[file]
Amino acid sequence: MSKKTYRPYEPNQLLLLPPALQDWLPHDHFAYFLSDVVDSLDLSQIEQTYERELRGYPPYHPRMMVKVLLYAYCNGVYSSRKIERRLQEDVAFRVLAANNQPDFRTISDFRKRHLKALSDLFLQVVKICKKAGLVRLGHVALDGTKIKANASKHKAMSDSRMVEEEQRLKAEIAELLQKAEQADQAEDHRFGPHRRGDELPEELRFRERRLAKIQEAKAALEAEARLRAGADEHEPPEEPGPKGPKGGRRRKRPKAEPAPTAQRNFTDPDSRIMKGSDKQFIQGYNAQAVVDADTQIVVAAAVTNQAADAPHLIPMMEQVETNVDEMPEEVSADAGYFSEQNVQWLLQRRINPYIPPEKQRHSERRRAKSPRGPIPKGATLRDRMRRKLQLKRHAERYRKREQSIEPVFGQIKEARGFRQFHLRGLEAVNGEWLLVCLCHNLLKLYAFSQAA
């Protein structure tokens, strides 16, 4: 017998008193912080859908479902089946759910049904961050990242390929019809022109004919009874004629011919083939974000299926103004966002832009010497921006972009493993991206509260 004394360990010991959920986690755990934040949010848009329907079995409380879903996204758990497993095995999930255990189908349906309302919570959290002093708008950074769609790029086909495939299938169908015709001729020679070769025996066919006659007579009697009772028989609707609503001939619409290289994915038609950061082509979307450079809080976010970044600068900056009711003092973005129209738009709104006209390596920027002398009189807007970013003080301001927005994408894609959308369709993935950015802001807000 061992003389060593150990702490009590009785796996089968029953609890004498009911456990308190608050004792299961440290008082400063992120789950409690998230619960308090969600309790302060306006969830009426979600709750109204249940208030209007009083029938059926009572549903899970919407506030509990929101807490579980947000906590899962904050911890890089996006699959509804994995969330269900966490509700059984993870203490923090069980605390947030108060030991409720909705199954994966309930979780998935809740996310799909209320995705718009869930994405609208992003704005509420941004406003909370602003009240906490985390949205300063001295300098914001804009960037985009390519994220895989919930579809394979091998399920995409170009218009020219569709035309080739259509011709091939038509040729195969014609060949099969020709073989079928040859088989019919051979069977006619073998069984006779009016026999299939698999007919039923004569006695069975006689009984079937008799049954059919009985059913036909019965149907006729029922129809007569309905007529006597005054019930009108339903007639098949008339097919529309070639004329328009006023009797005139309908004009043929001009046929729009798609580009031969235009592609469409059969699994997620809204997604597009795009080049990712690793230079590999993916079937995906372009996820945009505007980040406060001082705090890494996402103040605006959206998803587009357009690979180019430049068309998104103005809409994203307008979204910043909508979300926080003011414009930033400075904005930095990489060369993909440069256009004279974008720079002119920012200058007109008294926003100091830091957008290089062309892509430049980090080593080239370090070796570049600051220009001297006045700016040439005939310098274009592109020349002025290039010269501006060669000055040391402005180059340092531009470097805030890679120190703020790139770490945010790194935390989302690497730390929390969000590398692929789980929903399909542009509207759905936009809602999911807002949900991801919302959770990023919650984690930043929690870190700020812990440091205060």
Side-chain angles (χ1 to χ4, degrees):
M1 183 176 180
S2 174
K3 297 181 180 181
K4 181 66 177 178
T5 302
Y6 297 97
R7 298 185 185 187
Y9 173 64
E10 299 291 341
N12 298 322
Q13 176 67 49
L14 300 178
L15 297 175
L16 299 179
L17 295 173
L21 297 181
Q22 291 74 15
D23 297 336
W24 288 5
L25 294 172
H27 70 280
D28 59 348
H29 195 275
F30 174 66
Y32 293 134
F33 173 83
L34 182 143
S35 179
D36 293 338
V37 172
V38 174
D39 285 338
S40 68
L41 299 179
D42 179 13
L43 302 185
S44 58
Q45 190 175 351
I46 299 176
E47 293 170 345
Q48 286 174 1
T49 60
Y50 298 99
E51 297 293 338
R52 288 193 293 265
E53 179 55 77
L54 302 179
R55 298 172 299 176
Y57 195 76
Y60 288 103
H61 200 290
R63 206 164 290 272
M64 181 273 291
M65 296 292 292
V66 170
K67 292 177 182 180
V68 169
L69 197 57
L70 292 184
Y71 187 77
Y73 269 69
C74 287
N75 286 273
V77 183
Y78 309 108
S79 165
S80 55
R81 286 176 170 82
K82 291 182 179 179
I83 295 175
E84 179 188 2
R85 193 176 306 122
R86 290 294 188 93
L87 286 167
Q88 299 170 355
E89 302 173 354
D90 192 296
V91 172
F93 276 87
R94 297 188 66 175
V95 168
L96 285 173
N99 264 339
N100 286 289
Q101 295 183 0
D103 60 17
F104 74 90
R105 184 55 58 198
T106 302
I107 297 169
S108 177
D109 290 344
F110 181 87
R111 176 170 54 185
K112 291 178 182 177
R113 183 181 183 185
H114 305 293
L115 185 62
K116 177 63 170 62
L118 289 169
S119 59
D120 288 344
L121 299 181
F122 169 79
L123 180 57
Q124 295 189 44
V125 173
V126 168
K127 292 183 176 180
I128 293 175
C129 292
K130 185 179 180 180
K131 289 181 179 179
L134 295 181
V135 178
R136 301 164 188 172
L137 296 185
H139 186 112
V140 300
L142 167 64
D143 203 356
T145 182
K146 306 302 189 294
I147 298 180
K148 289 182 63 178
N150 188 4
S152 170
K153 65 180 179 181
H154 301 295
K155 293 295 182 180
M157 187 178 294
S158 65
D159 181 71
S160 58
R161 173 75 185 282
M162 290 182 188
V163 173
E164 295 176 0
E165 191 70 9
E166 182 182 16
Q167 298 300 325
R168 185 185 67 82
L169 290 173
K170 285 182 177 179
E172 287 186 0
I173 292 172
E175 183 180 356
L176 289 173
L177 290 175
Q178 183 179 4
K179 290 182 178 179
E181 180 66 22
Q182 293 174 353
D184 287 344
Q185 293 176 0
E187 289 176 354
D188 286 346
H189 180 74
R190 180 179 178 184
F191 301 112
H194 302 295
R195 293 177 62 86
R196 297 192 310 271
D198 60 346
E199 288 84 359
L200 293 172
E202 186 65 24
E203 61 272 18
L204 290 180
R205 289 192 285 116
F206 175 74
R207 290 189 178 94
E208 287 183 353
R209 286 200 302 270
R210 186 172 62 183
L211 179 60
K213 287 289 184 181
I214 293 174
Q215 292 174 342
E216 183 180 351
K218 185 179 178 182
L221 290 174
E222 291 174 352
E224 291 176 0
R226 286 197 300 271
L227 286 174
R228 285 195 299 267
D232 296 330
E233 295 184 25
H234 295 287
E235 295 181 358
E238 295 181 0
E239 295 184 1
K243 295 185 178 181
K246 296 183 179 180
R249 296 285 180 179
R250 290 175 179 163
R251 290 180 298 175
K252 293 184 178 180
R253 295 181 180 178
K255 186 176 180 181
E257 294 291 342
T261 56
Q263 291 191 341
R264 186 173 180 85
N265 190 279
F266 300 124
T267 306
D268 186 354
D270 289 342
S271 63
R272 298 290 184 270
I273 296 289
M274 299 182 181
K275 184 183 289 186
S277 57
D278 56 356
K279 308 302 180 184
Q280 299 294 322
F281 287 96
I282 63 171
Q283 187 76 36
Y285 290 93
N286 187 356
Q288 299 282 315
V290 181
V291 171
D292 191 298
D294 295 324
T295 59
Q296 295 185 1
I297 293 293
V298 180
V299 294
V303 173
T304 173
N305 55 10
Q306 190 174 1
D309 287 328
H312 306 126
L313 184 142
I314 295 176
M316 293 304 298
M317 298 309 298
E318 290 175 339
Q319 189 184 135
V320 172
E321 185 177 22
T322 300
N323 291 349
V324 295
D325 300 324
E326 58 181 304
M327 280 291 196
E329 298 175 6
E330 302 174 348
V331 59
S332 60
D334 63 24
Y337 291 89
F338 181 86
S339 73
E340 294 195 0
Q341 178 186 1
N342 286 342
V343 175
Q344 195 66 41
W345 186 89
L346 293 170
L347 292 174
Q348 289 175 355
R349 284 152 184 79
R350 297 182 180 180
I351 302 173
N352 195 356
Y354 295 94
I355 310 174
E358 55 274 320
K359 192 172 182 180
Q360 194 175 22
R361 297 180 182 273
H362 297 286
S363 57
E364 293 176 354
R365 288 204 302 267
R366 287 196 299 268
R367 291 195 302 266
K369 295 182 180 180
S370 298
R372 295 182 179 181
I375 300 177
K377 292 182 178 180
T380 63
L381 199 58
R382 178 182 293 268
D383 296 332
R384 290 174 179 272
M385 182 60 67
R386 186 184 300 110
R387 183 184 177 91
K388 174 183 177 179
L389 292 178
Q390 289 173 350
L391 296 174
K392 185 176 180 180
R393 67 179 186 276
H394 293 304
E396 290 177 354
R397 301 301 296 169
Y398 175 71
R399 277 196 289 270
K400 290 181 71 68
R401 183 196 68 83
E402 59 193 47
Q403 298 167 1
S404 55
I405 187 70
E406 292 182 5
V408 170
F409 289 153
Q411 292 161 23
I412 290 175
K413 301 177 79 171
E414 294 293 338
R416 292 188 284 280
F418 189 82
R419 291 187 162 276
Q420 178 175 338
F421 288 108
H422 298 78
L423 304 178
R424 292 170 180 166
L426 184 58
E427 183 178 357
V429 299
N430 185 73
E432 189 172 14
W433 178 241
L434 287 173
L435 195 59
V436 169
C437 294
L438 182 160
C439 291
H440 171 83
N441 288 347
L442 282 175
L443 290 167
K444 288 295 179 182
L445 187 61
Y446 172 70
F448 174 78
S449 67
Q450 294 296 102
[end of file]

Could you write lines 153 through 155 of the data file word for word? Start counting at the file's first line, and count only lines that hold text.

Q178 183 179 4
K179 290 182 178 179
E181 180 66 22